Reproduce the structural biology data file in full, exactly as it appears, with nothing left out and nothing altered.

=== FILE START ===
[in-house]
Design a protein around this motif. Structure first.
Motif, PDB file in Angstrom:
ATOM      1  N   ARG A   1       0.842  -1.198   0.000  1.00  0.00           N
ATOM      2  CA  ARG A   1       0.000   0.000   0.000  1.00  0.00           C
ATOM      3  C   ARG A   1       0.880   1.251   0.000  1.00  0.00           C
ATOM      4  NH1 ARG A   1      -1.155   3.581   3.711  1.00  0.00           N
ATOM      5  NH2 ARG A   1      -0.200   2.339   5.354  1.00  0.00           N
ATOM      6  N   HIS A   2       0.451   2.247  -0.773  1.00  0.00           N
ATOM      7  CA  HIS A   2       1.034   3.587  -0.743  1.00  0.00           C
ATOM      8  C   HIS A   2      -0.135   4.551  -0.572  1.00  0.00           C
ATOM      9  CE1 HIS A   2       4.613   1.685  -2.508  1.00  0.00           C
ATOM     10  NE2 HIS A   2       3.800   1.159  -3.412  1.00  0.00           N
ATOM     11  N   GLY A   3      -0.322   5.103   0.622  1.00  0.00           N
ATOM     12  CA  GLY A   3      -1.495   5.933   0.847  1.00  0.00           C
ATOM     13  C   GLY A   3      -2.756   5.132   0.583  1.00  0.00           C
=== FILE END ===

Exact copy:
[in-house]
Design a protein around this motif. Structure first.
Motif, PDB file in Angstrom:
ATOM      1  N   ARG A   1       0.842  -1.198   0.000  1.00  0.00           N
ATOM      2  CA  ARG A   1       0.000   0.000   0.000  1.00  0.00           C
ATOM      3  C   ARG A   1       0.880   1.251   0.000  1.00  0.00           C
ATOM      4  NH1 ARG A   1      -1.155   3.581   3.711  1.00  0.00           N
ATOM      5  NH2 ARG A   1      -0.200   2.339   5.354  1.00  0.00           N
ATOM      6  N   HIS A   2       0.451   2.247  -0.773  1.00  0.00           N
ATOM      7  CA  HIS A   2       1.034   3.587  -0.743  1.00  0.00           C
ATOM      8  C   HIS A   2      -0.135   4.551  -0.572  1.00  0.00           C
ATOM      9  CE1 HIS A   2       4.613   1.685  -2.508  1.00  0.00           C
ATOM     10  NE2 HIS A   2       3.800   1.159  -3.412  1.00  0.00           N
ATOM     11  N   GLY A   3      -0.322   5.103   0.622  1.00  0.00           N
ATOM     12  CA  GLY A   3      -1.495   5.933   0.847  1.00  0.00           C
ATOM     13  C   GLY A   3      -2.756   5.132   0.583  1.00  0.00           C